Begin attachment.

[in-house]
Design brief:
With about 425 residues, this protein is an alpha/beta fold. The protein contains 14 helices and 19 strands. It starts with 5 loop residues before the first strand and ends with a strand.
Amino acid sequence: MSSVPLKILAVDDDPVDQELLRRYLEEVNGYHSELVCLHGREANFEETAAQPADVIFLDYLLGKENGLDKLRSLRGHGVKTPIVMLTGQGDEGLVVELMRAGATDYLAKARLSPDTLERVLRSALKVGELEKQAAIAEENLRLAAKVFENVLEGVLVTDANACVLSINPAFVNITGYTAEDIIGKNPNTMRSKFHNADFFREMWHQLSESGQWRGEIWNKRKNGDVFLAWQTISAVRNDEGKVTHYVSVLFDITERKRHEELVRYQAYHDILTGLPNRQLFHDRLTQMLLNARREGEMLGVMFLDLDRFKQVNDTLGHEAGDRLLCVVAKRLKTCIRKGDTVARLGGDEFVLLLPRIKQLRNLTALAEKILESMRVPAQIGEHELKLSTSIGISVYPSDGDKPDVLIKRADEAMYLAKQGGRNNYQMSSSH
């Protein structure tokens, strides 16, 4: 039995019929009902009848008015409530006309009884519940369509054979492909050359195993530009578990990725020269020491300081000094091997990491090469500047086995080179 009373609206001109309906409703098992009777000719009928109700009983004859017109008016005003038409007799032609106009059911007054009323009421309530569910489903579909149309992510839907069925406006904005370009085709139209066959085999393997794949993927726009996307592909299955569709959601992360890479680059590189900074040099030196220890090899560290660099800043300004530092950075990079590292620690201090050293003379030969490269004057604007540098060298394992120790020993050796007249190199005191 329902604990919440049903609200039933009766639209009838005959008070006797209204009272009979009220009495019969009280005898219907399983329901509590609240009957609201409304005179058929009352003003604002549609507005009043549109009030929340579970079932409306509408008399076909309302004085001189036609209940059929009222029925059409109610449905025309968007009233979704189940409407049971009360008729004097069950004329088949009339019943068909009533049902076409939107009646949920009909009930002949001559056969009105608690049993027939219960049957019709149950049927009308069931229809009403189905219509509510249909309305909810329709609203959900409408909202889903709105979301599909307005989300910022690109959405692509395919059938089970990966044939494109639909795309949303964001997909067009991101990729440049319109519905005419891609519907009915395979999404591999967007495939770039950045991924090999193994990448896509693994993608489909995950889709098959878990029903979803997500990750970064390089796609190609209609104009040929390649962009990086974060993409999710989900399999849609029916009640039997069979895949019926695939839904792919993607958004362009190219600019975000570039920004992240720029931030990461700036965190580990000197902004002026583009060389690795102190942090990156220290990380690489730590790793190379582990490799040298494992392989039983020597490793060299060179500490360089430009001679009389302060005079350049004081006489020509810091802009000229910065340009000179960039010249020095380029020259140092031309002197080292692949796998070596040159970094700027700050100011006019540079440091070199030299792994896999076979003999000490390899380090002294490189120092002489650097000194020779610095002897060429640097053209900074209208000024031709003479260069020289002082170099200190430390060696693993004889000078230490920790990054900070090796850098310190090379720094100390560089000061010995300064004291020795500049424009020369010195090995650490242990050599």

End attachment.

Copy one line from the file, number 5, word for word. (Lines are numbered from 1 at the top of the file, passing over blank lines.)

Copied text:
């Protein structure tokens, strides 16, 4: 039995019929009902009848008015409530006309009884519940369509054979492909050359195993530009578990990725020269020491300081000094091997990491090469500047086995080179 009373609206001109309906409703098992009777000719009928109700009983004859017109008016005003038409007799032609106009059911007054009323009421309530569910489903579909149309992510839907069925406006904005370009085709139209066959085999393997794949993927726009996307592909299955569709959601992360890479680059590189900074040099030196220890090899560290660099800043300004530092950075990079590292620690201090050293003379030969490269004057604007540098060298394992120790020993050796007249190199005191 329902604990919440049903609200039933009766639209009838005959008070006797209204009272009979009220009495019969009280005898219907399983329901509590609240009957609201409304005179058929009352003003604002549609507005009043549109009030929340579970079932409306509408008399076909309302004085001189036609209940059929009222029925059409109610449905025309968007009233979704189940409407049971009360008729004097069950004329088949009339019943068909009533049902076409939107009646949920009909009930002949001559056969009105608690049993027939219960049957019709149950049927009308069931229809009403189905219509509510249909309305909810329709609203959900409408909202889903709105979301599909307005989300910022690109959405692509395919059938089970990966044939494109639909795309949303964001997909067009991101990729440049319109519905005419891609519907009915395979999404591999967007495939770039950045991924090999193994990448896509693994993608489909995950889709098959878990029903979803997500990750970064390089796609190609209609104009040929390649962009990086974060993409999710989900399999849609029916009640039997069979895949019926695939839904792919993607958004362009190219600019975000570039920004992240720029931030990461700036965190580990000197902004002026583009060389690795102190942090990156220290990380690489730590790793190379582990490799040298494992392989039983020597490793060299060179500490360089430009001679009389302060005079350049004081006489020509810091802009000229910065340009000179960039010249020095380029020259140092031309002197080292692949796998070596040159970094700027700050100011006019540079440091070199030299792994896999076979003999000490390899380090002294490189120092002489650097000194020779610095002897060429640097053209900074209208000024031709003479260069020289002082170099200190430390060696693993004889000078230490920790990054900070090796850098310190090379720094100390560089000061010995300064004291020795500049424009020369010195090995650490242990050599």